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Girneys are vocalizations - similar to human baby talk - used by adult female rhesus macaques, mandrills, and other large monkeys to establish friendly contact with infants which are not their own offspring.[1] The vocalizations are made in a high-pitched sing-song. Dario Maestripieri, professor of comparative human development at the University of Chicago, says the sounds are "made with their mouths almost closed, sort of nasal and relatively soft." Professor Maestripieri suggests the similarity of girneys to human baby talk suggests the latter may be of biological origin. The research was made mostly by Maestripieri's PhD student, Jessica Whitman, who observed 19 adult females in a family of 65 rhesus macaques on the island of Cayo Santiago near Puerto Rico, every day for several months in 2004 and 2005. Adult males - which take no part in raising the young - do not use the girneys. Mothers never use them with their own offspring. The vocalization is often accompanied by tail-wagging, a very rare behavior for this species.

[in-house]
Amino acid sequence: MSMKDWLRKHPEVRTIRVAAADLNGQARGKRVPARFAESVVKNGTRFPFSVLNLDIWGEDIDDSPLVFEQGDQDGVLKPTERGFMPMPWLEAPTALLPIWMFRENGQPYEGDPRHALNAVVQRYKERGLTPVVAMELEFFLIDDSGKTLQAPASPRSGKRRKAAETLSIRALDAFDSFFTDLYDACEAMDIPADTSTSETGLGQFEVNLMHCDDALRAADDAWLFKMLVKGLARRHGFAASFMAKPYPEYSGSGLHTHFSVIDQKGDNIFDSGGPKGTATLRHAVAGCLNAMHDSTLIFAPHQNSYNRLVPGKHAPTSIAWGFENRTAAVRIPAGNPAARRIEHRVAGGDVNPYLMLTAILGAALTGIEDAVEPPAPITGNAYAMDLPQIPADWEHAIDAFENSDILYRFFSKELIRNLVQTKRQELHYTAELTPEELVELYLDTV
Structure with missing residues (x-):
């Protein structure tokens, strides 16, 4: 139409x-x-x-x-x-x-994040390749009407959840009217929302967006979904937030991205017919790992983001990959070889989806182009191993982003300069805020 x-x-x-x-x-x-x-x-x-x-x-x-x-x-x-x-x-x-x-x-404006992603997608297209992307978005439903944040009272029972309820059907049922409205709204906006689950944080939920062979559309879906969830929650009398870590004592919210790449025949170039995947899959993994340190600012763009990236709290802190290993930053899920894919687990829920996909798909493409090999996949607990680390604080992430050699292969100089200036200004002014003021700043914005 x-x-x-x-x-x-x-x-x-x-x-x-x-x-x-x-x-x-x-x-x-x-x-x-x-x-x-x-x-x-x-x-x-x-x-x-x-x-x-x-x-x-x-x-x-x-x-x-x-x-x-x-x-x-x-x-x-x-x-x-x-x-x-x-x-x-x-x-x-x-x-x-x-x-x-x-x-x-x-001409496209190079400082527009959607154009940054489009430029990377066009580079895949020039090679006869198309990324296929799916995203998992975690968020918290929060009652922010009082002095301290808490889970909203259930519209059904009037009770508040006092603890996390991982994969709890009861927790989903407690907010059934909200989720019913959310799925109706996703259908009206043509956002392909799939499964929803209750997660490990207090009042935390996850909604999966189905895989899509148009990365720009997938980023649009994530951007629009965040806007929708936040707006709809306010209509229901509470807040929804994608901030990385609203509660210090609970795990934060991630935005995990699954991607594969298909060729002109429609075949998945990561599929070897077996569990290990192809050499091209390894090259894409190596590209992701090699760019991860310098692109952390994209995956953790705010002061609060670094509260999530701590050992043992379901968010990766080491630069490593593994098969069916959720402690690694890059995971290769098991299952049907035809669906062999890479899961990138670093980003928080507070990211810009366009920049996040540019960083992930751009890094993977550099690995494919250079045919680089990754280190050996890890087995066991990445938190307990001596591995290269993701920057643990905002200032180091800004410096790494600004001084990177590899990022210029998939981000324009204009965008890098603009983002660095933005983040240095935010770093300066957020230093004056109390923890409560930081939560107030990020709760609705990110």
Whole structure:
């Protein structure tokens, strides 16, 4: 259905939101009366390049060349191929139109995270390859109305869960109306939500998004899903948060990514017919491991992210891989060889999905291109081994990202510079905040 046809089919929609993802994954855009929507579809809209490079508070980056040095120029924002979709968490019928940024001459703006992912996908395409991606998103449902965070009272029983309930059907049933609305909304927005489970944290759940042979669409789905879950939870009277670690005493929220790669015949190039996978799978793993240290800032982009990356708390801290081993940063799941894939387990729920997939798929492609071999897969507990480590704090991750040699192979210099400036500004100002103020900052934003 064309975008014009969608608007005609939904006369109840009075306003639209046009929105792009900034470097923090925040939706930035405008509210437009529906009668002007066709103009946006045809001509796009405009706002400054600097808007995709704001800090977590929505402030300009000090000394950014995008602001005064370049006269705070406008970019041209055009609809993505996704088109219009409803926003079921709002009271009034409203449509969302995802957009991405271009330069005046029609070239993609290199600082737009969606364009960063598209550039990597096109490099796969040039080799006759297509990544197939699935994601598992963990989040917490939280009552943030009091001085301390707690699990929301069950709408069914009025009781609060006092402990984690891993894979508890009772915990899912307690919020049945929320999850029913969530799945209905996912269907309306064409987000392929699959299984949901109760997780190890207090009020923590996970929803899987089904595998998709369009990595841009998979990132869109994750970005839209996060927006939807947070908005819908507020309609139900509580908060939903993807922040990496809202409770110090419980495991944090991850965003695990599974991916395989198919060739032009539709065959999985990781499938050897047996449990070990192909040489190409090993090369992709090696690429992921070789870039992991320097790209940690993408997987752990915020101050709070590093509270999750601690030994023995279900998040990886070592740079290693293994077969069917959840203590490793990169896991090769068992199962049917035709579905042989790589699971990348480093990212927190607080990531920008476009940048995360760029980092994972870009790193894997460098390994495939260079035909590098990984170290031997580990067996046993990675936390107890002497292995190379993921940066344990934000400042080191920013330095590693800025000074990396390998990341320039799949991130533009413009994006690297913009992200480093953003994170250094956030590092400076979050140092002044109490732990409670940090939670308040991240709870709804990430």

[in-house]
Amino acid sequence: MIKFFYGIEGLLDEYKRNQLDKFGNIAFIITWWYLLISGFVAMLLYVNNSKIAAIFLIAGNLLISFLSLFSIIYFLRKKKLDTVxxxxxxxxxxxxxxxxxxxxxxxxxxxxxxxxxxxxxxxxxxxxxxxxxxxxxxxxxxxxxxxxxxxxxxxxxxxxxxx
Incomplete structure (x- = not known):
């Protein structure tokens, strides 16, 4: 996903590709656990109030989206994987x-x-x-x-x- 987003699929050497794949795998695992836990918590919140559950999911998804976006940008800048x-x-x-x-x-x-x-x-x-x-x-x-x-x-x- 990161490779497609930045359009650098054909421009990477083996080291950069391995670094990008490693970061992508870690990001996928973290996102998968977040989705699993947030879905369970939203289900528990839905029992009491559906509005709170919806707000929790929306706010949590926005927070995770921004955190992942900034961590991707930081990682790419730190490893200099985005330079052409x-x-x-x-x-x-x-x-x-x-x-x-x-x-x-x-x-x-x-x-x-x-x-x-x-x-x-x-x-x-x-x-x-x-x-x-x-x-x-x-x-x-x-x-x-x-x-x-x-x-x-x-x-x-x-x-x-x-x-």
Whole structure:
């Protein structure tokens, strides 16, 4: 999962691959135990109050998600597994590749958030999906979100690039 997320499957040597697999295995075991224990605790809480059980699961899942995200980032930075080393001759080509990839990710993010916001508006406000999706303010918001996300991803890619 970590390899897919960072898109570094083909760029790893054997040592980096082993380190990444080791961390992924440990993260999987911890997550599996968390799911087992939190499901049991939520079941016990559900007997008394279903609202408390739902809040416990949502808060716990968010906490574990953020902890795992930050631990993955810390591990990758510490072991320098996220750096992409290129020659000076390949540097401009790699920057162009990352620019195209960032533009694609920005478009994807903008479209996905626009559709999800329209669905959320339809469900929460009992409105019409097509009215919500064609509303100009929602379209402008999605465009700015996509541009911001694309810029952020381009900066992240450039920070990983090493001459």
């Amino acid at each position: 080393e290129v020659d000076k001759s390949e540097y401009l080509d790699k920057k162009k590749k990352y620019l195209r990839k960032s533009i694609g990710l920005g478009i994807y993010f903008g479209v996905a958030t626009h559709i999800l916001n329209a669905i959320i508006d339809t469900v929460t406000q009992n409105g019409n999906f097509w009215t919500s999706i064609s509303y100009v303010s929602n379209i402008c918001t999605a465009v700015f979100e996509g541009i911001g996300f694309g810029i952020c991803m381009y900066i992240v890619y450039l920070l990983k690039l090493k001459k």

1. ^ Whitham, J.C., Gerald, M.S. and Maestripieri, D. (2007). Intended receivers and functional significance of grunt and girney vocalizations in free-ranging female rhesus macaques. Ethology, 113: 862-874[1]

Further reading

  • "Monkeys fluent in baby talk," article in the Chicago Tribune, August 24, 2007.